So I’m definitely not alone in acknowledging the connection between Stories and Leaders. I feel, however, like a sad minority when I bring up the subject of where the Storytelling ability is often cultivated. Because it’s definitely not in the Board Room!

It’s right before sleep-time, Momma, where you get to tell your kid (yet another) bedtime story that your Storytelling skills get polished. Perhaps you haven’t gotten as far as creating your own stories (or maybe you have) but you already have broad experience in which components of your narrative engage and which of them disengage your picky sleepless audience. You know what makes a story tick, and what makes a behavior stick. That’s why often choose bedtime stories based on their moral, aligned with your kid’s developmental stage. All those who take up the hard task of telling stories to kids, be them Moms, Dads, Grandmas or Grandads, get to practice Storytelling more often than the world’s most renowned Leaders ever will.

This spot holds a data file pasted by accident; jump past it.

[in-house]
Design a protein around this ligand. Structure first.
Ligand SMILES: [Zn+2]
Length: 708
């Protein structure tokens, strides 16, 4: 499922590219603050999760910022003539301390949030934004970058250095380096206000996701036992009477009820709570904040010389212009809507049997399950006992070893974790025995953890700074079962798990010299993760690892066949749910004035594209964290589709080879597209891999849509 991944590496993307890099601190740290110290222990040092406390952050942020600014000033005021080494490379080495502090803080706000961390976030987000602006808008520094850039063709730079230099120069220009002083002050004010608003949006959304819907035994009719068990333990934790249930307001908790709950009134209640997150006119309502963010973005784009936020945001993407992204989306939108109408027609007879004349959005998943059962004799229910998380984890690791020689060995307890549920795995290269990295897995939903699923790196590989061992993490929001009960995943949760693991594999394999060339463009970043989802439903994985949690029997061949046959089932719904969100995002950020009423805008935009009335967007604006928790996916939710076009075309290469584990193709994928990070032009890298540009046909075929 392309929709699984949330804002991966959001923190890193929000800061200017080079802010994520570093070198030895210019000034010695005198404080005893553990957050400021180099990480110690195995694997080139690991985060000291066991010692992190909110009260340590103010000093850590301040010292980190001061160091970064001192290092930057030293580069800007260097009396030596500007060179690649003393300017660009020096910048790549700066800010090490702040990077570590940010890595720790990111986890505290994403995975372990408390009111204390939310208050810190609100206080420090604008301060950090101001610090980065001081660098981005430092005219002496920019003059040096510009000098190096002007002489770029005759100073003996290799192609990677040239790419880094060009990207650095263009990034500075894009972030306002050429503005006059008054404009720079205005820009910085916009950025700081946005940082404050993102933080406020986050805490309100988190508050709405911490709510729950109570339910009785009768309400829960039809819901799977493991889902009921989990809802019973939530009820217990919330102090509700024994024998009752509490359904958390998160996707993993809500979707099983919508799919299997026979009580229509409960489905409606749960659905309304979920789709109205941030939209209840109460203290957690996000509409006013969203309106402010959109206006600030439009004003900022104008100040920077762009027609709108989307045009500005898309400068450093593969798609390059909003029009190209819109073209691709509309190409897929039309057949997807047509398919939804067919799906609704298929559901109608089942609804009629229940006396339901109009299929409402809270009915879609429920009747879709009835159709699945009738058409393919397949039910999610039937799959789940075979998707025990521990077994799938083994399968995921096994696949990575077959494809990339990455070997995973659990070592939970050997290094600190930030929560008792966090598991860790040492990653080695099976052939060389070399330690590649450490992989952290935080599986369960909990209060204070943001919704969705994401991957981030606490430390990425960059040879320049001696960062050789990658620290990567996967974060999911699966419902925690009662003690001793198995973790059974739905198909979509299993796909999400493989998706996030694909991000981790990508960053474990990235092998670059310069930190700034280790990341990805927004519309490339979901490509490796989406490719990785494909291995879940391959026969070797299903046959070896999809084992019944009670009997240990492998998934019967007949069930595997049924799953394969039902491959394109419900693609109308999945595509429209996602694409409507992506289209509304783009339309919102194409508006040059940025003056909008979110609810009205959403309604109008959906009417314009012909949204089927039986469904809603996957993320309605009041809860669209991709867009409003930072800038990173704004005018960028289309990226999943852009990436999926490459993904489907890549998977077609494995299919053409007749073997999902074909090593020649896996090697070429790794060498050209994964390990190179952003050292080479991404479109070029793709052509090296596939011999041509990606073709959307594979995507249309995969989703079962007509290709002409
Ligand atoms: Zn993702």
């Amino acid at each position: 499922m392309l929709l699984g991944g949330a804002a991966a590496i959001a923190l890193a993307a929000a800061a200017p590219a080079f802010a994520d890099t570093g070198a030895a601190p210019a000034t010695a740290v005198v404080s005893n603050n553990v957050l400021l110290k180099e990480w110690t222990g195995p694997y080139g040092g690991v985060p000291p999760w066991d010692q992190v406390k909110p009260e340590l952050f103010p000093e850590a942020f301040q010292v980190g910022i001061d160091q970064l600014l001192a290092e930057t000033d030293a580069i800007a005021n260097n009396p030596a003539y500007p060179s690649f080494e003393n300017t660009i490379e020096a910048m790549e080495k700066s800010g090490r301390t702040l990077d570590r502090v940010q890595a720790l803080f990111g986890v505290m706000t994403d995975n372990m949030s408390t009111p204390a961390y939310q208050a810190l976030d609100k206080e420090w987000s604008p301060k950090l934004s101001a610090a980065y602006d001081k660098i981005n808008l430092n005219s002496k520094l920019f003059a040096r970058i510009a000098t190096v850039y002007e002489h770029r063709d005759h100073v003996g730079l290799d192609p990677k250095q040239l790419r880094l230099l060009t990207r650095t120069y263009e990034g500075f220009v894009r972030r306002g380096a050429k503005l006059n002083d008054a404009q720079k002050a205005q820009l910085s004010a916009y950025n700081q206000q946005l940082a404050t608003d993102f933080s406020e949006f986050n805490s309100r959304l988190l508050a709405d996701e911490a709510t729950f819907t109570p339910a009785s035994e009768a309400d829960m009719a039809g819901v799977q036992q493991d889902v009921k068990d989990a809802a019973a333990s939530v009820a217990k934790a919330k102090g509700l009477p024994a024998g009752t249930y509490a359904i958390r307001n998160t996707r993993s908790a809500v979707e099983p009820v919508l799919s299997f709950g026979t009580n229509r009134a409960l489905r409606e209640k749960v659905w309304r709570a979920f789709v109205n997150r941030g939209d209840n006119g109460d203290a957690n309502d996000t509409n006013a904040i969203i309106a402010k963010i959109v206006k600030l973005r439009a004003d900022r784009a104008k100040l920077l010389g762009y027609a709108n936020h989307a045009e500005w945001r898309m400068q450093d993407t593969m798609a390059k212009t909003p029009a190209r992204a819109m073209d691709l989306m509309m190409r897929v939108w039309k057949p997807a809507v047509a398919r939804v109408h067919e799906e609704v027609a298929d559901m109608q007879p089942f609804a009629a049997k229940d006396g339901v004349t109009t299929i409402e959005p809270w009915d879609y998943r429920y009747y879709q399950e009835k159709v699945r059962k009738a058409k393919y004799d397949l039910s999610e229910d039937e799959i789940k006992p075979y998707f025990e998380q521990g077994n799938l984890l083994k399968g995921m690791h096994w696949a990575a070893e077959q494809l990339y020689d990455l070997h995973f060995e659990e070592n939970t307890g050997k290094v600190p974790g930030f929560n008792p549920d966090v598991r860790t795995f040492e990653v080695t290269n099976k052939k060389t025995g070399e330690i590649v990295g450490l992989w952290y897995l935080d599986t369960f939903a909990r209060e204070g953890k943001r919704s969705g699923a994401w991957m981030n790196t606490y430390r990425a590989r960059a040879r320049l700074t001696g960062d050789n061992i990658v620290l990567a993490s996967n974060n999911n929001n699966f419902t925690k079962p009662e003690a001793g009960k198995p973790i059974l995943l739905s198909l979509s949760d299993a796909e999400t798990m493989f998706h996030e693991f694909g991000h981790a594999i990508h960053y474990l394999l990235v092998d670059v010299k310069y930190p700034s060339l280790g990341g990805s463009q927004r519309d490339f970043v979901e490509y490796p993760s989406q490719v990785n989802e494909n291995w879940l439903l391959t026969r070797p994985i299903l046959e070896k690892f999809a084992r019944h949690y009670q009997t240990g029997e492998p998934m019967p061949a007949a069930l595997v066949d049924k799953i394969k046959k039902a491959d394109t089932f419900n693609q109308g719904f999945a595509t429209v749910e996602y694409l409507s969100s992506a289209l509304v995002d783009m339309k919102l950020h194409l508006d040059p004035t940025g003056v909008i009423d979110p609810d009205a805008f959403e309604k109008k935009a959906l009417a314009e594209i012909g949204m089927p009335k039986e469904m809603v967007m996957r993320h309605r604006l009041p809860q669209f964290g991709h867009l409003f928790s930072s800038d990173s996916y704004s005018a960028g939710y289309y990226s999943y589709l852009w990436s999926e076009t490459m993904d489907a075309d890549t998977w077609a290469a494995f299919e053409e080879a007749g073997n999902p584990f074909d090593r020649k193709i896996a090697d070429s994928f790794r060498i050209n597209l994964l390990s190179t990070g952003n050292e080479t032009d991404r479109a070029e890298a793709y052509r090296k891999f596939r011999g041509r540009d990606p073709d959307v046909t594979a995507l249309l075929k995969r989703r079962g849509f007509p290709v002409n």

So, my dear Recruiter or Hiring Manager, if your opening relies on someone calling other people to action, conveying meaning or communicating value, maybe that Mom, Dad, or Grandparent in your candidate list who is some kid’s Storyteller deserves a good second look. And, yes: there is a place in the workforce for people of all shapes and sizes: Seniors too! After all, chances are that, without them, you wouldn’t even know why building a hut out of straw in the middle of a forest is probably not a good idea after all when there’s a wolf roaming around, as I’m sure my Primitive Technology friend John Plant would agree!

Growing into a Leader one Story at a time? You got this!

Featured Photo: Pixabay (Pexels)

Leave a Reply

Fill in your details below or click an icon to log in:

WordPress.com Logo

You are commenting using your WordPress.com account. Log Out /  Change )

Twitter picture

You are commenting using your Twitter account. Log Out /  Change )

Facebook photo

You are commenting using your Facebook account. Log Out /  Change )

Connecting to %s